The reason for writing this now is because now, what was in the memorandum has been drafted and will soon be voted upon. For that reason NOW is the time to remind Greek readers to put whatever pressure they can on their MPs and do whatever else they can to stop this law being adopted.

  7. sumo December 21, 2012 at 11:31 am #

    Thanks for keeping your eye on this and sounding the alarm.

    When Max Keiser was in Greece, warning the people that elite vultures were circling, waiting for their chance to gut the Greek economy and its plunder its assets, I thought Keiser had a valiant heart but was exaggerating.

    Jesus F’ing Christ. Keiser was prescient and completely accurate.

  8. Jim December 21, 2012 at 1:59 pm #

    I think you are wrong. You have to remember that the law is just a piece of paper, the ultimate test of a good law is ‘how can it be enforced?’ The elite can pass all the laws they want, but eventually ordinary people are going to say that they don’t give a toss about those laws and they will execute that elite.

  9. ballymichael December 21, 2012 at 2:04 pm #

    There’s been some discussion of this piece over on the guardian liveblog. My take on it (but note that I’m relying on google translate to actually read the greek legislation – not safe) is that this is the official record of the greek enabling legislation for the EFSF Treaty.

    It would have been pleasant, GolemXIV, if you had actually given more context? Here’s Clause 15.3 of the EFSF Treaty.

    “Each of the Parties hereby irrevocably and unconditionally waives all
    immunity to which it is or may become entitled, in respect of itself or its
    assets or revenues, from legal proceedings in relation to this Agreement,
    including, without limitation, immunity from suit, judgment or other order,
    from attachment, arrest, detention or injunction prior to judgment, and from
    any form of execution and enforcement against it, its assets or revenues after
    judgment to the extent not prohibited by mandatory law.”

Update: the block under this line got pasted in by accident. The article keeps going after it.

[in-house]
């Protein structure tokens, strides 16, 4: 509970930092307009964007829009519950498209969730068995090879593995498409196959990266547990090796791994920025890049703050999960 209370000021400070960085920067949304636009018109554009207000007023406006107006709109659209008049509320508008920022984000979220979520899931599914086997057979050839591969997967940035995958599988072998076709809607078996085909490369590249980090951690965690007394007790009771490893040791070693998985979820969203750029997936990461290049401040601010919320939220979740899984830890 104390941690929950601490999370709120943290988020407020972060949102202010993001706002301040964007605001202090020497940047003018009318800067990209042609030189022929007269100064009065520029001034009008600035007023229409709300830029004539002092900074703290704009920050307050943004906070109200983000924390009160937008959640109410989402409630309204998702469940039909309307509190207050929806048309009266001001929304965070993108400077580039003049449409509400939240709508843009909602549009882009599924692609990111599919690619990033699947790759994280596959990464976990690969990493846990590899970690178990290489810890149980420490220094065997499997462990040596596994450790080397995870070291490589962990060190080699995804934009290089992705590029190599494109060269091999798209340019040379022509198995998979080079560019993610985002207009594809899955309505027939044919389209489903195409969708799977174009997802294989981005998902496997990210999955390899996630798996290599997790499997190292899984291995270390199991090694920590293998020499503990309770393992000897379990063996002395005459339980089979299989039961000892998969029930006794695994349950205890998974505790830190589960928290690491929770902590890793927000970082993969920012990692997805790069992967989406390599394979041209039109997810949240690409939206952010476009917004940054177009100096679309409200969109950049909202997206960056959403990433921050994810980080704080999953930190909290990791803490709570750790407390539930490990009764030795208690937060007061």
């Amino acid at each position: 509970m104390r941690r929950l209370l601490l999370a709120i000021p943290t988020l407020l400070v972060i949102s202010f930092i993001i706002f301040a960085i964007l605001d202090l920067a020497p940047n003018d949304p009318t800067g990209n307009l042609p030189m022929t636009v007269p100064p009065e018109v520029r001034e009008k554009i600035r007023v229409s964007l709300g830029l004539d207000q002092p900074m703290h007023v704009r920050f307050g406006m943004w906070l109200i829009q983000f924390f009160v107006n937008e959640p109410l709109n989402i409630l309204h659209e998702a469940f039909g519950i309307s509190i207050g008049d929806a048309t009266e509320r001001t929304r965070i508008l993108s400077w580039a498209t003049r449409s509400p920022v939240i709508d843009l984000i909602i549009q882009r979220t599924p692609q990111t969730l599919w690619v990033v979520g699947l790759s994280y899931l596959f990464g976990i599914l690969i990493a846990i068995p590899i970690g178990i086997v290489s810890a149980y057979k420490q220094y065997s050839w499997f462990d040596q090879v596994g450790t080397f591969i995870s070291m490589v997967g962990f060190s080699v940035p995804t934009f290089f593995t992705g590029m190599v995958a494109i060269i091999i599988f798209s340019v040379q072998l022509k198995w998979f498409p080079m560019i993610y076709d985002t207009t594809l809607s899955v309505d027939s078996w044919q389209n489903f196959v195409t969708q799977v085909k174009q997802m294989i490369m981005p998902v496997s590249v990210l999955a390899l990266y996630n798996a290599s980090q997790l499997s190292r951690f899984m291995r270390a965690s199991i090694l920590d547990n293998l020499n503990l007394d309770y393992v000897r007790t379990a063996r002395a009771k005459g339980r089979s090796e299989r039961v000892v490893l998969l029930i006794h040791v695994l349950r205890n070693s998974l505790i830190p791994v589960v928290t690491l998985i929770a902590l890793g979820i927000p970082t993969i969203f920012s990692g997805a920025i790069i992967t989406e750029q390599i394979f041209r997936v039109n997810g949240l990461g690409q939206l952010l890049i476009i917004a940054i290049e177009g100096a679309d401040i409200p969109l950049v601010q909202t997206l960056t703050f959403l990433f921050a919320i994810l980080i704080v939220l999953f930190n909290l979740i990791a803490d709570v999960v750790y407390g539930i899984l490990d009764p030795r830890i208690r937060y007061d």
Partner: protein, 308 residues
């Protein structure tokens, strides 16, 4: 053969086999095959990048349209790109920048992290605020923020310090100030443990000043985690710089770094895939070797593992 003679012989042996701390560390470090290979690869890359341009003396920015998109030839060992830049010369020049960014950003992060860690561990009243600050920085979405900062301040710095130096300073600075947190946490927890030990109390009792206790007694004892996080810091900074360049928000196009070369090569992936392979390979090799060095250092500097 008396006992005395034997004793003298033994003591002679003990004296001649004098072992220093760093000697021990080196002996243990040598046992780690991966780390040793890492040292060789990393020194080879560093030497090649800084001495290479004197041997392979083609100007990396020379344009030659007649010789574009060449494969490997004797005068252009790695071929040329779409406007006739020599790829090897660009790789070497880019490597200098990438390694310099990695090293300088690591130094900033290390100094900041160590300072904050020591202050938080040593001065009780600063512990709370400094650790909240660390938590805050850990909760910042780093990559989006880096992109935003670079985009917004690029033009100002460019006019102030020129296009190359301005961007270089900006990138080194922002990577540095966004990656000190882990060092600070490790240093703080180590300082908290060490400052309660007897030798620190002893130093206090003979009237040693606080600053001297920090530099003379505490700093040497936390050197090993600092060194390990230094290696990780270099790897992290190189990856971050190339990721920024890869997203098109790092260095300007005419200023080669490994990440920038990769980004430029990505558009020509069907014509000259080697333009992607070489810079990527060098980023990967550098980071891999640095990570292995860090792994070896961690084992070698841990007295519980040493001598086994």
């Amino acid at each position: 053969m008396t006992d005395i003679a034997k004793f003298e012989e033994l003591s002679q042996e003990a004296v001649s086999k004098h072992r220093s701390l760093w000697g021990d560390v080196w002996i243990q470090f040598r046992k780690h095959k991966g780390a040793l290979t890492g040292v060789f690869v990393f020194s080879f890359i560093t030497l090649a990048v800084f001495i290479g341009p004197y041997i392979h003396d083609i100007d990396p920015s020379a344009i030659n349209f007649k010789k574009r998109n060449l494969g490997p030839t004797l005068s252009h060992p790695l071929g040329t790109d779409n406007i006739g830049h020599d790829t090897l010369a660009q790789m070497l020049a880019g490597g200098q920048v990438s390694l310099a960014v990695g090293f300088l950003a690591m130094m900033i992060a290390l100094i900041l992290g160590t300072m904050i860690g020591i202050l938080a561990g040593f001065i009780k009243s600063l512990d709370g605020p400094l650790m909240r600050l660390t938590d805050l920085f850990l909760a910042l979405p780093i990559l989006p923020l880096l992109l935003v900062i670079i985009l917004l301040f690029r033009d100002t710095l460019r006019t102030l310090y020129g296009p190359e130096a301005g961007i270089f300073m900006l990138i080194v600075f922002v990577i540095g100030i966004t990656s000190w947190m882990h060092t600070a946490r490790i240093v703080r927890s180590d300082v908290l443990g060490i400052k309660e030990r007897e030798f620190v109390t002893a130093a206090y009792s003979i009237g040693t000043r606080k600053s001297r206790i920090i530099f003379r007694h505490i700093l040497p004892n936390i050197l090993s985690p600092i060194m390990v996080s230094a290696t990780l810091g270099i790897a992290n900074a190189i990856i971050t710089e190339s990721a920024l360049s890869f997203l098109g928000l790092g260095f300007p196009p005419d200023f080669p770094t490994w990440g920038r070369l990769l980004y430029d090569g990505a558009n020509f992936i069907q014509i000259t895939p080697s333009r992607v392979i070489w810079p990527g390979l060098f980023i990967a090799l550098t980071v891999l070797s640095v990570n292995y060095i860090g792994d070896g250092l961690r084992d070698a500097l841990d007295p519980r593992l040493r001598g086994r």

Does it look familiar? It should. It’s exactly the same as that oh-so-sinister paragraph quoted above, but expressed as part of the treaty. In the legislation that enables it, naturally the greek drafters refer to the specific greek institutions involved.

    Just as the drafters in every other state party to the EFSF would have done the same.

    Why is it in there? To protect the EFSF from the action of a government taking its loans, and then refusing to repay. It’s a waiver of sovereignty, specific to the multinational lender. It reads as sinister, but if you look at it from the point of view of the EFSF, it’s simply covering their position. The ESM has exactly the same, the IMF has exactly the same. It’s just something a multinational lender needs, if they’re lending to sovereign states.

    I admit, I don’t understand why this law shows up now. The EFSF runs out next year. But it appears to have been published as part of an official record of legislation perhaps it appeared with a time lag?

    • Golem XIV December 21, 2012 at 3:40 pm #

      Hello ballymichael,

      I’m not quite sure what to make of your comment. Your tone strikes me as needlessly snide. “Does it look familiar? It should.” What is the point of that?

      If you disagree with me why not just say so politely? You say, “It would have been pleasant, GolemXIV, if you had actually given more context?”

      You come across as a slightly pompus head-master lecturing some errant child. Is that how you like to come across?

      I found that comment particularly disappointing. Are you the sort of person who upon receiving a gift, looks at it and says – “Is that it? You should have given more something better!” Because that is what you managed to say to me.

      You could have written something more along the lines of..”I think I may be able to offer a little more context which might alter how the whole thing looks.”

      As to the substance of what you write -